There were signs. There were definite signs. You would form close friendships with boys in elementary school, friendships that were intense for any 10-year-old to have, let alone a male. You loved these boys though. You really loved them without knowing what the love meant. In a way, it was nice not knowing. It was nice thinking of love as this thing you could just give to anyone, like it was a blanket that kept you warm at night. It was love without sex, love without a question mark.
You grew older. You got “weirder.” You dyed your hair bright colors. You formed closer bonds with girls than boys. At home, your father began to look at you funny and that’s because he knew something you didn’t, he knew what was coming in a few years. This made him sad, regardless of his politics because parents don’t want their kids to lead a hard life. And being gay is still considered difficult no matter how many rappers come out of the closet and movie stars thank their partners in acceptance speeches. It’s always going to be the less desirable road to take until everyone agrees that it’s not.
You became turned on by the male form. Your penis reacted positively to biceps, V’s, calves, and nice butts. Your neck stiffened up the second your penis did. Why, why, why? You hung your head low in the shower, letting the water wash over you and dribble into your mouth. You thought that no one was ever going to love you, you were never going to be accepted in the gay world — not like you even wanted to be! You just wanted to be yourself and not deal with the weight of what being gay meant hanging on your shoulders.
Sex didn’t scare you. Love did. You tried to imagine yourself saying “I love you” or “Please hold me” to another man and froze up in embarrassment. You couldn’t do it. You couldn’t fathom kissing another man’s forehead and bringing him soup in bed or holding his hand down the street. You could deal with having sex with some anonymous stranger before doing a thing like that. Love is always harder to tackle than sex, especially when you can’t even accept who you are.
You see gay men who seemingly have it all figured out. They’re in great shape, have a healthy amount of sex, and, most importantly, have a huge group of gay friends. How do they do it? How did they get an A+ in being gay? Did they sleep with the teacher or something?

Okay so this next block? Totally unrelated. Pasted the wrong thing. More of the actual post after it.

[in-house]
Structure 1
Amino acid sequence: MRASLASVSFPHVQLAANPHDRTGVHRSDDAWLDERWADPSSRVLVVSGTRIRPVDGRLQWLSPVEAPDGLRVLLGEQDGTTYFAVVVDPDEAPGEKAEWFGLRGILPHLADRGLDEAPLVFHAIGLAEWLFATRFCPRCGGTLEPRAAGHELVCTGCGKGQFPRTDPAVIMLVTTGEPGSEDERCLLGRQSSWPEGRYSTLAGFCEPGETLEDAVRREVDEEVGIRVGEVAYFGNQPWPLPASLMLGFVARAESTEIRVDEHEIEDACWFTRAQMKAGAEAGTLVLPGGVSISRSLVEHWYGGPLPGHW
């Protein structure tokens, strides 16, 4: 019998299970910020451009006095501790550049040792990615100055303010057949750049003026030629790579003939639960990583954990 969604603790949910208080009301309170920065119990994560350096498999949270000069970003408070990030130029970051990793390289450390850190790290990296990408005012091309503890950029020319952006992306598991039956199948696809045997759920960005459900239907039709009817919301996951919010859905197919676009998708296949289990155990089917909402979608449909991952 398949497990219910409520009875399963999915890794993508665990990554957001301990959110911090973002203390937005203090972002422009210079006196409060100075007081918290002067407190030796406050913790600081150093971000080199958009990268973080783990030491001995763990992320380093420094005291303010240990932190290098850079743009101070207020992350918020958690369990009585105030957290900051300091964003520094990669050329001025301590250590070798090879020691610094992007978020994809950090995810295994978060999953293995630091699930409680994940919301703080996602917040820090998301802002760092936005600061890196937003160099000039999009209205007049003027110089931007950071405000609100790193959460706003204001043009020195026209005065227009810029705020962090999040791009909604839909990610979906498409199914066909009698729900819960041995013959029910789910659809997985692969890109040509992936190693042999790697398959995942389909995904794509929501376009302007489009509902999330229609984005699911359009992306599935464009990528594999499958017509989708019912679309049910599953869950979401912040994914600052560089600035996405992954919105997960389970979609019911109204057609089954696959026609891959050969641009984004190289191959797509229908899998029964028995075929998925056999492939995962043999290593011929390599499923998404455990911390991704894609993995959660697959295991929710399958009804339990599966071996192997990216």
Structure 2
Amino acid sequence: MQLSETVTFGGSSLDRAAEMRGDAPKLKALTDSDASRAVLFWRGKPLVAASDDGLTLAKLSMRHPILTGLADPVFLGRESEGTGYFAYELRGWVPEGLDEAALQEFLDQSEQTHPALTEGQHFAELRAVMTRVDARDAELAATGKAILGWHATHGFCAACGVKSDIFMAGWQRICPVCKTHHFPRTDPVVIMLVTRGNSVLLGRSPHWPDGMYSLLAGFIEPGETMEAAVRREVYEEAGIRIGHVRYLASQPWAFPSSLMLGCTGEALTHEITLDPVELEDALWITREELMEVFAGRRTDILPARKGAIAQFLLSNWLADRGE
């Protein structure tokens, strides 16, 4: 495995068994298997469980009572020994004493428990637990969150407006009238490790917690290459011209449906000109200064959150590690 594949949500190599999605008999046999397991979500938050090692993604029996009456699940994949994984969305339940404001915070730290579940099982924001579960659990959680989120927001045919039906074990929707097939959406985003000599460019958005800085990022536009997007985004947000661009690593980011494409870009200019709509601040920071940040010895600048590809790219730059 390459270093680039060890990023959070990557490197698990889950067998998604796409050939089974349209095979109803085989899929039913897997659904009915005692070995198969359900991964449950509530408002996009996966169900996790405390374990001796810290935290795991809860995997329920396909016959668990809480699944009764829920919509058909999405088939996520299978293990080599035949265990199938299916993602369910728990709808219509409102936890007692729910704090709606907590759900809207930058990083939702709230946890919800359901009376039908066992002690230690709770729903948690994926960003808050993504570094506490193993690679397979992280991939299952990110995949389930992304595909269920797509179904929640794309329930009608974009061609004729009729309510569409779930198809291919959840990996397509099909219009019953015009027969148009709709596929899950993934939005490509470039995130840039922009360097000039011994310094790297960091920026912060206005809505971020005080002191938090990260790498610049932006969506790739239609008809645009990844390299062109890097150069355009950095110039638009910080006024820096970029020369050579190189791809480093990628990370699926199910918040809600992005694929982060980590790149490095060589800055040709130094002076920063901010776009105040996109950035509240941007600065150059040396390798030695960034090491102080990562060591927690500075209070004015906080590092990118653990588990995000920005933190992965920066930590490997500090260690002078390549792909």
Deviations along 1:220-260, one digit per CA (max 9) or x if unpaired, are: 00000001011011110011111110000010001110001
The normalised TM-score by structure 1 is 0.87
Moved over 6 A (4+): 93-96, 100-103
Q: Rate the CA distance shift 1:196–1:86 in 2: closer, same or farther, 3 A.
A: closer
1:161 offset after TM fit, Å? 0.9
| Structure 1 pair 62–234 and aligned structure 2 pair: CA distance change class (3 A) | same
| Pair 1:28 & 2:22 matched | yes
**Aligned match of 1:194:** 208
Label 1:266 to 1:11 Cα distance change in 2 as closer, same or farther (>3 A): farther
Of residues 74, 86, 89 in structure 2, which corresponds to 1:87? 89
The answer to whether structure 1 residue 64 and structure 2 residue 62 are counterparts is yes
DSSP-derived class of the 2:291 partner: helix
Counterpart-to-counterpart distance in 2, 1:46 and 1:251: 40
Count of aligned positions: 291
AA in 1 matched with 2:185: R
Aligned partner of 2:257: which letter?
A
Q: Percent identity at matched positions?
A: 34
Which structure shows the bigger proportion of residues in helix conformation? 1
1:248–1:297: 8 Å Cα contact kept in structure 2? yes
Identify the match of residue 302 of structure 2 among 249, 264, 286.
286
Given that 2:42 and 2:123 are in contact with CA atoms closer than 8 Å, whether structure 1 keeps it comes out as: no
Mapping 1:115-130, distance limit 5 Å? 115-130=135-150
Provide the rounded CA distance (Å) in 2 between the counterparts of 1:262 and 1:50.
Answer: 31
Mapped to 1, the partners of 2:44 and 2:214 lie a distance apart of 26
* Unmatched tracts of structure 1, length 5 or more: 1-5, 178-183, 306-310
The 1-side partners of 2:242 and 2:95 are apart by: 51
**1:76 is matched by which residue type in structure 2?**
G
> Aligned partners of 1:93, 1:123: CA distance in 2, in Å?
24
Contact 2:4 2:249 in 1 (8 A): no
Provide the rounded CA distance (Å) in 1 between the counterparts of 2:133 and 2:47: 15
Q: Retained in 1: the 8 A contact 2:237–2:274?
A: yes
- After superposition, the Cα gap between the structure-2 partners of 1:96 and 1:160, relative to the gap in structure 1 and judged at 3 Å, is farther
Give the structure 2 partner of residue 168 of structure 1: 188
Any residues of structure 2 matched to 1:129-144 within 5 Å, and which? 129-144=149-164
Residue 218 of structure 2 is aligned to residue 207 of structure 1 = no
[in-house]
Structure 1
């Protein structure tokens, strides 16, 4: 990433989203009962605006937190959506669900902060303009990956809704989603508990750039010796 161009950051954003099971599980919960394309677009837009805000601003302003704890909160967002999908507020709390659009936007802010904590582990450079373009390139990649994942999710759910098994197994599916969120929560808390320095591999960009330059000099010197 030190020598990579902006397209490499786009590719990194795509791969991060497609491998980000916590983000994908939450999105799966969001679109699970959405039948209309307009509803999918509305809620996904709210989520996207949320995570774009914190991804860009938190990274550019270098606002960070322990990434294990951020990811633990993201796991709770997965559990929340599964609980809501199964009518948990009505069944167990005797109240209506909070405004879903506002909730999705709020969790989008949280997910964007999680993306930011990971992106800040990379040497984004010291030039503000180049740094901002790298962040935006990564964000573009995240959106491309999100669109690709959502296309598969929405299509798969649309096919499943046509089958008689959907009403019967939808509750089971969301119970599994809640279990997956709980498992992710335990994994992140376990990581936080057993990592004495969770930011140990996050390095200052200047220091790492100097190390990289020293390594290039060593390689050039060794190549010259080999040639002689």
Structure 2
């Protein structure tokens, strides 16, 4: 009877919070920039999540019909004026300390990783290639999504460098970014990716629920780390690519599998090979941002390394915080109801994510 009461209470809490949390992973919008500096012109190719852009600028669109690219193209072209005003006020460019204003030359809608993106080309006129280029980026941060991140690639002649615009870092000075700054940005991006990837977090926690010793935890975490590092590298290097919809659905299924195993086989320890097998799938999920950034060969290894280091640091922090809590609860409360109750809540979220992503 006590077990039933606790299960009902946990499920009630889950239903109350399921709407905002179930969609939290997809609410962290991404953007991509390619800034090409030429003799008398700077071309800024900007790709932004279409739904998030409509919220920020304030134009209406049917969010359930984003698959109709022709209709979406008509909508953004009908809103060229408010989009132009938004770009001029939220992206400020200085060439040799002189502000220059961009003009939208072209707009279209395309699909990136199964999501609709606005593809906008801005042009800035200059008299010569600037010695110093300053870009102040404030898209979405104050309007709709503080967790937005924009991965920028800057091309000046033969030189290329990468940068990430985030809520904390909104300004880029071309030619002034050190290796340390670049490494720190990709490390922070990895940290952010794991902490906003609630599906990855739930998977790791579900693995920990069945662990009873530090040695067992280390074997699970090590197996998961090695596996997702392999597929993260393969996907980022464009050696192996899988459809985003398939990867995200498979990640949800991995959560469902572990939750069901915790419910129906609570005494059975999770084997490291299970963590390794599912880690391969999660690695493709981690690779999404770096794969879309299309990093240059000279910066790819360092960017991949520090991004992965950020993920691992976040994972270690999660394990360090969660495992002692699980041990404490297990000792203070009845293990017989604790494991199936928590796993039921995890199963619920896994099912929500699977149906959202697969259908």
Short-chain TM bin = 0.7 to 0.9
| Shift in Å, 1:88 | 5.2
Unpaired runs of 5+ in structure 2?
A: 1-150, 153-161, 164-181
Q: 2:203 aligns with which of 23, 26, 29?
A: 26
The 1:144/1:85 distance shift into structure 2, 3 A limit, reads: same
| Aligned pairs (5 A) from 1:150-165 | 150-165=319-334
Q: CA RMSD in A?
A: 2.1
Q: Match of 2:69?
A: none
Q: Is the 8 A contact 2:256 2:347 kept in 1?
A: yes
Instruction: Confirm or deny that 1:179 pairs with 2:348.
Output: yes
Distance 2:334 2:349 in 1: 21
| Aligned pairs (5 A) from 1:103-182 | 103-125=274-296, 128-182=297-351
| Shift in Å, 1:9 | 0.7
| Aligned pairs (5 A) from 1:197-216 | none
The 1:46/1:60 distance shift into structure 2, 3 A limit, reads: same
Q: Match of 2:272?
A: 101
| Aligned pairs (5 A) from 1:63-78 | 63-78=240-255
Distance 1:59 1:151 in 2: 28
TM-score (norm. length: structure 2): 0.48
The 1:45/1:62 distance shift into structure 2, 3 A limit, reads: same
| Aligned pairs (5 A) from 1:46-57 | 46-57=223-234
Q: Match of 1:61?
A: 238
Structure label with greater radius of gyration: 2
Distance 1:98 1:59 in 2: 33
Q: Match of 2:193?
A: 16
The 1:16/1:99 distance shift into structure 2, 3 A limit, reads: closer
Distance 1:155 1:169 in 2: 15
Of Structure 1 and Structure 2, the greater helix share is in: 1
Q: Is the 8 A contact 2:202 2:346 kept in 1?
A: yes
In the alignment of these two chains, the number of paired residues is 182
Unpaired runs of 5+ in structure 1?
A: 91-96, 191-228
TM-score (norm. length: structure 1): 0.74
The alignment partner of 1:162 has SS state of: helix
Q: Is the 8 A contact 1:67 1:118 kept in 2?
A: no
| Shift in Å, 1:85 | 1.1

You want gay friends. You want your own gay tribe to pal around with. You want men you can just be gay with, whatever the hell that means. (You know what it means.) You want a nice body. You want no sexual hangups. You want to go to gay destination spots like Provincetown with all of your homo buddies and take pictures together on a beach, smiling wide. You want to not feel uncomfortable when you’re surrounded by so many gay men at once.
You want to be considered masculine. You don’t want to be called a queen. Oh, the horrors! No, you must be able to pass for straight. That gives you so much clout!
Get love away from you. You can’t do it, so you continue to sleep around instead.
You feel so alone in your “gayness,” like no one is experiencing things in the same way as you. But they are. Oh, they are. Gay men love to build walls up with each other. They love to create an emotional and physical distance when, in reality, they’re so much closer to each other than they like to think. It’s like we’re all just a little scared of one another, we’re all seen as being a small threat. To what though?
You’re young and gay and sometimes you’re not having sex, even though you feel like you should. Sometimes it feels like everyone else in the world is having sex but you. People meet you and assume that your sex life is plentiful because you’re gay. You must always be sleeping with someone, right? That’s how gay men do it, right?
Wrong. It’s all wrong but here you are: out, gay, and occasionally proud. A lot of the times it’s easy and doesn’t seem so complicated and you don’t think about gay identity or being judged. And other times that’s all you think about.
That’s all you have room to think about.